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Music and Mythology

Updated: Apr 19

Since the work of Carl Jung to Joseph Campbell, it has been well decided that people are strongly attracted to, or reliant on sets of archetypal mythologies about personality. The hero, the sage, and even the salesman are very deep unconscious idealistic forms of behavior that have been passed down from generation to generation and from ancestor to ancestor. The presence of such an idea is brought to the fore when one takes on a new role that has a strong archetypal character attached to it. Say during the transition from womanhood to motherhood or from employee to owner-operator, these individuals likely have a strong set of unconscious ideas and ideals of what it is to be a maternal figure or a leader. Distinct roles and occupations can carry along with them a deep mythology. The life of the musician is one of them.


The intimacy of practice, the exercise of dedication, and the joys of discovering and developing new techniques can be set into the shadows as what was once a craft for the practicing musician transforms into a display of mythology as they become a performer. One of the interesting things about the musician is that there are often multiple mythologies that surround them. Ideas of the hero which may have been established by the lead singer of someone’s favorite 80’s rock band or the lyrical and prophetic sage, or the magical mystic who only appears when ready to showcase his muse are common archetypes associated with musicians. Such archetypal ideas can be held so strong that individuals will construct an array of assumptions surrounding the performer.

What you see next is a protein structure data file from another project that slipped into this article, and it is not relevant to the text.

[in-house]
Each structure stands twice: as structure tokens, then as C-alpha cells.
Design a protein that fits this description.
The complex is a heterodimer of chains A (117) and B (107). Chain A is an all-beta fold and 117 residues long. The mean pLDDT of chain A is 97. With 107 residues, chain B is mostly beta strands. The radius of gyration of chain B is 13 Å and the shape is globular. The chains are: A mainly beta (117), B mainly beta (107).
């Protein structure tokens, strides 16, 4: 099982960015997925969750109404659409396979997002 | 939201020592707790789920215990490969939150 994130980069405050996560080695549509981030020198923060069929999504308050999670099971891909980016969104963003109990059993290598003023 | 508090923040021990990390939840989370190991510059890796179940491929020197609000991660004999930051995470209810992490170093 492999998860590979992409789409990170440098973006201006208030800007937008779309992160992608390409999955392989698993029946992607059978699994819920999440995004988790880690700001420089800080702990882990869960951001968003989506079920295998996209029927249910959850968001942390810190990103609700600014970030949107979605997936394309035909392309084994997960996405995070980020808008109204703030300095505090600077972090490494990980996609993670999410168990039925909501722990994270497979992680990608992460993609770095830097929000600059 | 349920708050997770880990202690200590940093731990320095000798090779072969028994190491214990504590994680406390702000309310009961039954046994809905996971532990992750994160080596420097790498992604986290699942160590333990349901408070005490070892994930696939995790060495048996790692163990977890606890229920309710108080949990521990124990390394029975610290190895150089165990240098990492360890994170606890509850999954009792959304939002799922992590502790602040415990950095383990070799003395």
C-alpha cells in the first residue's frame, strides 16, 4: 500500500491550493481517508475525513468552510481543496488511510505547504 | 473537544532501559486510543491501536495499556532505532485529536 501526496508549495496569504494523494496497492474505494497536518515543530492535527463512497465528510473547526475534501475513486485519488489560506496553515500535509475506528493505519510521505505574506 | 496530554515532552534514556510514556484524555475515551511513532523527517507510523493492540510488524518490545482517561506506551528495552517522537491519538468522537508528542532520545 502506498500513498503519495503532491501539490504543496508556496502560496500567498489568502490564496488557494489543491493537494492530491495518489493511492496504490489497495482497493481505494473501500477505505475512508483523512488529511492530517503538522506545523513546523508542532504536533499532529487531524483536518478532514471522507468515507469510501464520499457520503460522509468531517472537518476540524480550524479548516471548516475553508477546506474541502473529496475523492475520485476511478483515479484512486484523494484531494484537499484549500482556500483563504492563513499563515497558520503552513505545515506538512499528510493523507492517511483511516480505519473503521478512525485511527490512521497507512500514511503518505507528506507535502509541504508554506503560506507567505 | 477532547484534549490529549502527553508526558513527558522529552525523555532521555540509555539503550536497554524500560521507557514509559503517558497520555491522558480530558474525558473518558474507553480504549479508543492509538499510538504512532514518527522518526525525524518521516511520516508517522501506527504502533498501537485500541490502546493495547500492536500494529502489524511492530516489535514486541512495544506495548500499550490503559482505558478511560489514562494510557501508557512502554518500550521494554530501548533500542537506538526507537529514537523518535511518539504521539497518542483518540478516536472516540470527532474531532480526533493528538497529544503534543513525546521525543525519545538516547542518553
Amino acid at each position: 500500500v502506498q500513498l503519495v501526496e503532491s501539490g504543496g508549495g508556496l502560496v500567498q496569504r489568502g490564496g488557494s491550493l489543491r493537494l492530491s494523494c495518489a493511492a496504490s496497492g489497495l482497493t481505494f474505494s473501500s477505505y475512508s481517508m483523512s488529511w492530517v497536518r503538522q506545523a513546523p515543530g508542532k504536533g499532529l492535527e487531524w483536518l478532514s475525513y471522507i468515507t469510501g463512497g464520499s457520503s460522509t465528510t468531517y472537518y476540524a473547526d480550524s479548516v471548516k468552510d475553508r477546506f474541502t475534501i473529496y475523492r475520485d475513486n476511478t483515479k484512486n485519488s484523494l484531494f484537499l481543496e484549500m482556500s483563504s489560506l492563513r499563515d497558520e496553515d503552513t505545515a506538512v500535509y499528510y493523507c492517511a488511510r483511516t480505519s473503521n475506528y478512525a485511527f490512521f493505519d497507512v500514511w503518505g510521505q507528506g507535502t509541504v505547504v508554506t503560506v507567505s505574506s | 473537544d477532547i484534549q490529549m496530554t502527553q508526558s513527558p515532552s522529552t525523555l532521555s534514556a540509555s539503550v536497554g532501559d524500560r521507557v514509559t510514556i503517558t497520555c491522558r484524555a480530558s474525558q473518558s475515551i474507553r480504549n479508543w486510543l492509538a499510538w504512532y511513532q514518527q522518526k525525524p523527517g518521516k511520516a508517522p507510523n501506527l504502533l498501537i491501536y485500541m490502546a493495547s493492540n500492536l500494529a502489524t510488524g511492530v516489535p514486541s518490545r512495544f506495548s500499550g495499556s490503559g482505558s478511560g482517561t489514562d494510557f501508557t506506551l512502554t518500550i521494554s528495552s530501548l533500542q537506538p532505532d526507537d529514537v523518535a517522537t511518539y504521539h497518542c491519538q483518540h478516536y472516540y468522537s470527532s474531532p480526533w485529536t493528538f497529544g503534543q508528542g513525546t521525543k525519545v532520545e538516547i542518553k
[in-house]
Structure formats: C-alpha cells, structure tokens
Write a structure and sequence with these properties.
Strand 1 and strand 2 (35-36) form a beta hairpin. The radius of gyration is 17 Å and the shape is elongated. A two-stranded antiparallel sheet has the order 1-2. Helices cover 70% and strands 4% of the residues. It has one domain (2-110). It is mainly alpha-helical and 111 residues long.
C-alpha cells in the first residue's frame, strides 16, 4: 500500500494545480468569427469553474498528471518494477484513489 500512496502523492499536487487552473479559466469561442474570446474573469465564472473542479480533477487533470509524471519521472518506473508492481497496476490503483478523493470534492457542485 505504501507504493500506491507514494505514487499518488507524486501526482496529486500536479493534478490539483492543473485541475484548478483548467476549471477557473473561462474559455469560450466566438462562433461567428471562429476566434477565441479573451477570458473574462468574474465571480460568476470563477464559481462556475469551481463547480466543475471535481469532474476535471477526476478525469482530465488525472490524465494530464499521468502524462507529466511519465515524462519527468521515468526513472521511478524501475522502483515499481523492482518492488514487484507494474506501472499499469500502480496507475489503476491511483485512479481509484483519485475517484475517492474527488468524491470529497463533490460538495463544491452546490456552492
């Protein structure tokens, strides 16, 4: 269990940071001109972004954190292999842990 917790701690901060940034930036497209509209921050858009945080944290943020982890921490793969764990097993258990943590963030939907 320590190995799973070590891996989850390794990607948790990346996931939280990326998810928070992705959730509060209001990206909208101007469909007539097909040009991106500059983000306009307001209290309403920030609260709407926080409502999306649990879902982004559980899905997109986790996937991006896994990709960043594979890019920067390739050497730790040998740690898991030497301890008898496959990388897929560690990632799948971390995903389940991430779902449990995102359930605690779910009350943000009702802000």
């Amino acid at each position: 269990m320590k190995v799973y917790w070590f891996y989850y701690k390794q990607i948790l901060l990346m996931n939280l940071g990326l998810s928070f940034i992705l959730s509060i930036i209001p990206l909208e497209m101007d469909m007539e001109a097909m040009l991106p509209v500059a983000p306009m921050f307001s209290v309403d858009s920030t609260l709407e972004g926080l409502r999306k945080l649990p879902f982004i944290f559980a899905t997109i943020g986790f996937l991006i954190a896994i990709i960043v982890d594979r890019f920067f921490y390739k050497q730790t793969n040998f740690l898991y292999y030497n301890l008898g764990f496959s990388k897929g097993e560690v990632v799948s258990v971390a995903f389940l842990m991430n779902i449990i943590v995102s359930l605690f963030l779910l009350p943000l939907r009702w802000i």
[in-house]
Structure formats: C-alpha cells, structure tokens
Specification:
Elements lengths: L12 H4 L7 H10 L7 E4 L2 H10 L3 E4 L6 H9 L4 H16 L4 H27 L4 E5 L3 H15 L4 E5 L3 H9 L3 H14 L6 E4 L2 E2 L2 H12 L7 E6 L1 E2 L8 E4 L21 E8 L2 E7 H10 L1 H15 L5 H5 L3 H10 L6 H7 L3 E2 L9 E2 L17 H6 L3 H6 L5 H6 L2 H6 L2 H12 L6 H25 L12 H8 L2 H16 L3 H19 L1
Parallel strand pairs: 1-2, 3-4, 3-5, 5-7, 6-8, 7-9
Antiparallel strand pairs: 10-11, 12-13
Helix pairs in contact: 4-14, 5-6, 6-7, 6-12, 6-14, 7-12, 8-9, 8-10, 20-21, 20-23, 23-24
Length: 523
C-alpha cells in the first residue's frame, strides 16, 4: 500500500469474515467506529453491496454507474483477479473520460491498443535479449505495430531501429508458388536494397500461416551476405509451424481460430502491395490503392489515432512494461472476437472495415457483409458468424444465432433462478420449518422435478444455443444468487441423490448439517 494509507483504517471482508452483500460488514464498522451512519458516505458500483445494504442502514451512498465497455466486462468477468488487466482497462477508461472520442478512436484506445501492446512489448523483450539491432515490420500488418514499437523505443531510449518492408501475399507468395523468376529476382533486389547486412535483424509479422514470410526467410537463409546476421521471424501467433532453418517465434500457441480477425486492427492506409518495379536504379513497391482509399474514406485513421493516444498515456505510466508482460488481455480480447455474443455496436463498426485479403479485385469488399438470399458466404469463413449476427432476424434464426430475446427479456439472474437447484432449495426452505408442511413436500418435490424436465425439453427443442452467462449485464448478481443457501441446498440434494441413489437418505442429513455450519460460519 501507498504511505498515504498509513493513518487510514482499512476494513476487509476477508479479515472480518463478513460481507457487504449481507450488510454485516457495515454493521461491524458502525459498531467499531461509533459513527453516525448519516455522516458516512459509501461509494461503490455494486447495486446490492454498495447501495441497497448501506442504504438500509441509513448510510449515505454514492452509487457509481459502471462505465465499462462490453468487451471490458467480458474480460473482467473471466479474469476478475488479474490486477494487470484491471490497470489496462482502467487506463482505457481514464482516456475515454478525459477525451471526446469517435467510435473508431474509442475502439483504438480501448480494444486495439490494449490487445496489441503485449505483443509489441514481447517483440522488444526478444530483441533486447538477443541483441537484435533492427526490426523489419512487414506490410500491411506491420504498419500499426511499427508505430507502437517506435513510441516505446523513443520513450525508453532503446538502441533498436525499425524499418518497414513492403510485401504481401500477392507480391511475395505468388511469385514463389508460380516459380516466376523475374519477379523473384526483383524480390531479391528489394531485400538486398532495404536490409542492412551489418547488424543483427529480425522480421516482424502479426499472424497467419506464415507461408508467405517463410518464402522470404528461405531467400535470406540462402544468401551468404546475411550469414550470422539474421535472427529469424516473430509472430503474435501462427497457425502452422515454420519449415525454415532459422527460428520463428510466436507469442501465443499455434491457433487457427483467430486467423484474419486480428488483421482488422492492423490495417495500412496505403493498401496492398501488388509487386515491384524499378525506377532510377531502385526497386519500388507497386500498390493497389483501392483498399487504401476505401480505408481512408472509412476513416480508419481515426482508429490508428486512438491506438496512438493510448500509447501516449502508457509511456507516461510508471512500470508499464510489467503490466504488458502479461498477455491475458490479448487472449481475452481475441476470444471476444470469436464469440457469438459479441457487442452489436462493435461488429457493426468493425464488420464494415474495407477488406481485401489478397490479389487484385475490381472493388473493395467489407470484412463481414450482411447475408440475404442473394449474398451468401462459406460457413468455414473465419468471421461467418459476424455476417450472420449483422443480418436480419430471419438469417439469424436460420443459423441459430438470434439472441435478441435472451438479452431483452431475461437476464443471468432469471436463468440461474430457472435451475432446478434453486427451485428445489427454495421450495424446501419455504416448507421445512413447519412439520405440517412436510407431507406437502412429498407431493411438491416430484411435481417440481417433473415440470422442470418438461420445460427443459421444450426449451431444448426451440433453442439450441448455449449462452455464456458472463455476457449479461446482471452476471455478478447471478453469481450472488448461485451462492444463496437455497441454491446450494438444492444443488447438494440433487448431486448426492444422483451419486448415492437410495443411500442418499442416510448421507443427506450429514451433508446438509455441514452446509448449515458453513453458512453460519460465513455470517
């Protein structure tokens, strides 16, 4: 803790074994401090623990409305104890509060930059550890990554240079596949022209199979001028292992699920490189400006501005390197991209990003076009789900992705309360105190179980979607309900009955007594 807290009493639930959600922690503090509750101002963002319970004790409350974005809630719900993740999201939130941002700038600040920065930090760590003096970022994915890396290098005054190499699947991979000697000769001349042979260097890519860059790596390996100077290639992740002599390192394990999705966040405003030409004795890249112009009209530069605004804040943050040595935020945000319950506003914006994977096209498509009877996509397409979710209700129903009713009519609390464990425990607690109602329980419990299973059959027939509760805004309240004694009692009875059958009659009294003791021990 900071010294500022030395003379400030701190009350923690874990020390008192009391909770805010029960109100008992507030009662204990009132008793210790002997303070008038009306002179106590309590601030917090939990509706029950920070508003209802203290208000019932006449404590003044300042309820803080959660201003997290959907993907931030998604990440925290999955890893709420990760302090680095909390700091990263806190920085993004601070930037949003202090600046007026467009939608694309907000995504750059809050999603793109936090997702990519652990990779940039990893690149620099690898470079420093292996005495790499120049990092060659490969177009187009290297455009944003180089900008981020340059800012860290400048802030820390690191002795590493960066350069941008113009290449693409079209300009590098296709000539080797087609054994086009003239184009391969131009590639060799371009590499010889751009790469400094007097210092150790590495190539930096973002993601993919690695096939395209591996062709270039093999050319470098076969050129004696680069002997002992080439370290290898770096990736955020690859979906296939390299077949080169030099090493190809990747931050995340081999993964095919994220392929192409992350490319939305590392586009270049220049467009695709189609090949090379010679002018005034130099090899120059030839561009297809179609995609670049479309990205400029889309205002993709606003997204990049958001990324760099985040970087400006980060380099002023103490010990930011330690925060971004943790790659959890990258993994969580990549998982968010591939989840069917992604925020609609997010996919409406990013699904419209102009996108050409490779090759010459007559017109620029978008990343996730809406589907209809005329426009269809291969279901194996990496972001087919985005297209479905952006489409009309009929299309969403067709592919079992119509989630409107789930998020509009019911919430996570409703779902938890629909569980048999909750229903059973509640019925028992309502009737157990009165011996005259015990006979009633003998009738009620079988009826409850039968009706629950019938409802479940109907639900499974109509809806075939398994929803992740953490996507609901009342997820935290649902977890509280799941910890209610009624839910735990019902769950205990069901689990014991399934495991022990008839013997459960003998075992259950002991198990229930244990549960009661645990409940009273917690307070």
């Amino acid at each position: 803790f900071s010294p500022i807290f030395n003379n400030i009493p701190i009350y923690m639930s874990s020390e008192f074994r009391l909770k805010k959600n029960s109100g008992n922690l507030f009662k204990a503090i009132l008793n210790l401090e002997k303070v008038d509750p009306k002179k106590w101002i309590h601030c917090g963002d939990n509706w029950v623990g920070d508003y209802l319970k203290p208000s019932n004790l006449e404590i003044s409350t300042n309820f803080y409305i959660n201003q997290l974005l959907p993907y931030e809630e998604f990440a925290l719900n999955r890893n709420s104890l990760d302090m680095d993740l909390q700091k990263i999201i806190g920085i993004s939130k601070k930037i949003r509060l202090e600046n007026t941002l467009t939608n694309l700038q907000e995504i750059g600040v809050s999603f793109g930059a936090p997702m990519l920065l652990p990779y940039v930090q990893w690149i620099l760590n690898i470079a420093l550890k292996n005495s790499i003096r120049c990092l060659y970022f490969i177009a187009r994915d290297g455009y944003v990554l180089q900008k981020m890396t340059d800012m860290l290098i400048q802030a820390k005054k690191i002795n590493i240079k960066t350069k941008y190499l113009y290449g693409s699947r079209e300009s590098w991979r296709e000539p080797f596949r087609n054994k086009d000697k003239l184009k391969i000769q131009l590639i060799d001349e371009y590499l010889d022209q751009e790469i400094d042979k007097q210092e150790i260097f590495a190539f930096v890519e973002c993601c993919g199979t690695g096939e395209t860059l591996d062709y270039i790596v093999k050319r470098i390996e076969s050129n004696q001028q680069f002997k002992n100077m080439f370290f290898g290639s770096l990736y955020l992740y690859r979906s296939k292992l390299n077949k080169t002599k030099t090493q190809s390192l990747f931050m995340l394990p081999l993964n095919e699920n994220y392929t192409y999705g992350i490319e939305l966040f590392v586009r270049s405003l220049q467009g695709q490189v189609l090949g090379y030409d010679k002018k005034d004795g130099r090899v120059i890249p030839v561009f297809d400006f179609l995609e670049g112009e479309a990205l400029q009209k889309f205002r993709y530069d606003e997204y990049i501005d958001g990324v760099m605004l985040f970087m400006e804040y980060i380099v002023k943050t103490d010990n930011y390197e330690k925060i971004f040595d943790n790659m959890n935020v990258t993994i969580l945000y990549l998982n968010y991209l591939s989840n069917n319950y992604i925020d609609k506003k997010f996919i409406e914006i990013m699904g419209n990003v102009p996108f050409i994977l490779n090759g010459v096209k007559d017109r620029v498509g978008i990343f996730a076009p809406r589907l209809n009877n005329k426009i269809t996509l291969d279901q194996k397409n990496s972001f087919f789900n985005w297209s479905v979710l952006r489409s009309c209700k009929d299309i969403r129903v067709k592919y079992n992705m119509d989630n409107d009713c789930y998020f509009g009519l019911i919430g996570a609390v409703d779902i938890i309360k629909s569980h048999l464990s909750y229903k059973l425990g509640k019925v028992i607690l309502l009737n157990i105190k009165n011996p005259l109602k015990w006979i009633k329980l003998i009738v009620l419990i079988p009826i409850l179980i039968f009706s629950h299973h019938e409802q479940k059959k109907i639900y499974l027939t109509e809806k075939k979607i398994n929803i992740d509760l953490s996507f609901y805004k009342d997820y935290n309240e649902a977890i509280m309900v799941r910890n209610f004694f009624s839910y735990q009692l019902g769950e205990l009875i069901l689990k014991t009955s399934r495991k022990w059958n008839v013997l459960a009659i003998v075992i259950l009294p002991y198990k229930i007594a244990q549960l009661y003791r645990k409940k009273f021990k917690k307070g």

“He does not practice… he just knows. It’s a gift. A talent. Some are just born with it… others are not.” While it might not be necessary to uncover all parts of these assertions, one can make a healthy assumption and presume they are half-truths. It is not that people do not possess natural talents and inclinations nor that they are unlikely to have a strong capability to retain their skills thus making practice less of a necessity, but the contention here is that these convictions are often set in order to placate and uphold a fantastical image of who and what a particular person is. As fun as it may be to believe that some of us are supremely extraordinary, that might just be a reach for something beyond reality. It is thus the pursuit for something beyond the norm that seems to continually pique our interest and an aesthetic such as music has for a good while been used as a vehicle for that quest.


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